Prenatal vitamins are used to bridge the gap with any nutrients that may be missing from your diet, since nutrient demands increase with pregnancy. While most obstetricians and healthcare providers will recommend a prenatal supplement before, or shortly after, conception, it is important that these supplements do not replace a healthy diet rich in leafy greens, fresh fruit, lean protein, fatty fish, fiber, nuts, grains, seeds, fortified cereals, and healthy fats. The additional micronutrients in prenatal vitamins are usually intended to be taken pre-conception, during pregnancy, and throughout breastfeeding.
While prenatal vitamins may look like any run-of-the-mill multivitamin, they are actually made specifically for pregnant humans and typically contain approximately 20 nutrients and minerals to support the body’s increasingly changing needs. Your prenatal vitamin will likely contain folic acid, vitamin B12, fatty acids like docosahexaenoic acid (DHA) – an omega-3 important for brain development – calcium, choline, and magnesium. They are usually available in capsule form and, though sold over the counter, should always be taken only after consulting your physician.
Some studies recommend beginning to take prenatal vitamins as soon as you plan to conceive and definitely throughout the first 3 months of pregnancy. Many people continue to take them throughout their pregnancy, breastfeeding, or pumping. This is also an important decision you should make in conjunction with your healthcare provider. The earlier in the pregnancy the better, as nutrients like folic acid and iron have been found to be essential for a healthy pregnancy.
Prenatal vitamins contain all of the vitamins and minerals a person needs before and during pregnancy. They provide iron, which supports the development of the fetus and placenta; folic acid, which helps prevent neural tube defect; and, among others, DHA, which is important for brain development. They also contribute to the baby’s nervous system, skin, bones, eyes, and lungs. As for the pregnant person, prenatals can support their immune system and have been found to help with the dreadful nausea and vomiting of pregnancy also known as morning sickness.
There are many prenatal vitamins available to choose from and, as to be expected, not all are created equal. If you already have a preferred brand of supplements, like Care/of, you might want to start there. Care/of’s Baby Love has 22 nutrients in a superior product designed for ease of digestion, a very important issue for a pregnant person. We use the most up-to-date research to include the most effective forms of ingredients, like methylfolate and choline, essential for neural tube, brain, and spinal development. If you don’t already have a brand preference, ask your obstetrician or friends who have recently been pregnant for recommendations. The most important factors are getting the right amount of essential vitamins and minerals, the levels of absorption and potency, the convenience of the product itself, the purity of ingredients, and the list of non-essential ingredients on the label. Hint: acrylic resin is probably not a healthy choice.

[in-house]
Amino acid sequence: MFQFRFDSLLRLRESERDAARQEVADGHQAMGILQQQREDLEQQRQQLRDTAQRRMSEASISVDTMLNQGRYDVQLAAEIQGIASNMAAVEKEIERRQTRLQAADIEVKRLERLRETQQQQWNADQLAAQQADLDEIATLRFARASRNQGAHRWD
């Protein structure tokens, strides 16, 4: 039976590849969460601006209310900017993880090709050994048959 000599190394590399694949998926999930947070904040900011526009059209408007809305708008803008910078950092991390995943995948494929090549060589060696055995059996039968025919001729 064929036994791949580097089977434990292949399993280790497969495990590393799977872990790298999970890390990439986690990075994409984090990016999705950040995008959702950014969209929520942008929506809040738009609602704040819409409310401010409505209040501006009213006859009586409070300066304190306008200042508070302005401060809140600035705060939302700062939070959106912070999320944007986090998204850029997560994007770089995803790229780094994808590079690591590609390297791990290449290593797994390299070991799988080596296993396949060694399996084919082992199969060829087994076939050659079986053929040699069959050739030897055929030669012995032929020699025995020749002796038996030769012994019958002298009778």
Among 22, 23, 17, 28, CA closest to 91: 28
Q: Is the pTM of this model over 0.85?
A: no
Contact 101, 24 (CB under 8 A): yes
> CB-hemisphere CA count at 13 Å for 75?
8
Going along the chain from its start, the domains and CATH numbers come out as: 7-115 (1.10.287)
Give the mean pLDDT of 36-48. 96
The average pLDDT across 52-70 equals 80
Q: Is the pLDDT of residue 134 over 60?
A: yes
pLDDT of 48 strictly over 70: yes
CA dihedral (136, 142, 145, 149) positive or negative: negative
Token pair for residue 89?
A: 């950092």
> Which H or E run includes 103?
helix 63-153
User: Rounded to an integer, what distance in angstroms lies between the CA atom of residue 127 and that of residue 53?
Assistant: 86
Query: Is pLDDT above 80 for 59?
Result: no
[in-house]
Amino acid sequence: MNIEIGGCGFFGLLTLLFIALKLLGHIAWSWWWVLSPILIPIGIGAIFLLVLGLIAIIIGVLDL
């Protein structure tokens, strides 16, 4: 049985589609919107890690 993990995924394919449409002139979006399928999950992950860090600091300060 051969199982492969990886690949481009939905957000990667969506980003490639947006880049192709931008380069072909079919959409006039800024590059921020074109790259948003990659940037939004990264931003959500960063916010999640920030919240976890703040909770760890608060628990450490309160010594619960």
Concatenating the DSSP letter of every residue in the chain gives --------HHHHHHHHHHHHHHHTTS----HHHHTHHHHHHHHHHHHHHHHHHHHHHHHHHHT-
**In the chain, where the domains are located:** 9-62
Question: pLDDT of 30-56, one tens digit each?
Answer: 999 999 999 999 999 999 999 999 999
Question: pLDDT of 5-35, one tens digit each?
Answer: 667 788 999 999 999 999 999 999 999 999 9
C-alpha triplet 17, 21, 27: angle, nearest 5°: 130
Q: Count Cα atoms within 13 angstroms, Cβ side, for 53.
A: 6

Look for highly absorbable forms of all nutrients and their adherence to the recommended daily allowance (RDA). Vitamin B12 has an RDA of 2.6 mcg and methylcobalamin is the active form preferred over cyanocobalamin. Bisglycinate and chelate versions of iron have an RDA of 27 mg for pregnant people. Folate, which is preferred over folic acid, has an RDA of 600 mcg for pregnant people. Choline has an RDA of 450 mg for pregnant people, while Vitamin D cholecalciferol’s recommended dosage is 600 IU or 15 mcg.
Your choice of prenatal vitamins is something you will likely live with throughout your pregnancy, possibly until the end of breastfeeding. If you find that you are having a difficult time digesting your chosen supplement, you might want to try others until you can find something easy on your stomach. You’re in it for the long haul. And remember: Nothing beats a healthy diet, proper hydration, good sleep, and exercise.
If your prenatal vitamin makes you feel nauseous, try taking it with food. If that doesn’t help, try a different brand, preferably one with vitamin B6, which can help with morning sickness and nausea. Iron in your prenatal vitamin can potentially make you constipated or gassy. Increasing fluid intake and eating more fiber-rich foods may help. If not, a supplement with less iron may help, but consult with your health care provider to make sure you are getting enough iron.
Healthy lifestyle choices like eating balanced meals of lean protein, high quality fats, and whole grain carb sources, can help to promote fertility. Adequate sleep, regular exercise, reduced caffeine intake, no smoking, and reduction of alcohol (which has been proved to deplete essential vitamins) may also be beneficial.
A Mediterranean diet has proven to have an impact on female fertility. Foods rich in dietary fiber, omega-3 (ɷ-3) fatty acids, plant-based protein, and vitamin and mineral supplements are all excellent nutrition choices. One study suggests adding more vegetarian-based protein sources, while another examines the impact of fish intake. An unhealthy diet can disrupt microbiota composition, which may impact the frequency of fertility.
As for male infertility, one study examined the correlation between walnuts and sperm quality when added to a typical Western diet. Another alternative being explored is the use of non-traditional supplements. Maca has been found to support semen parameters in men, while Ashwagandha has shown to promote semen quality.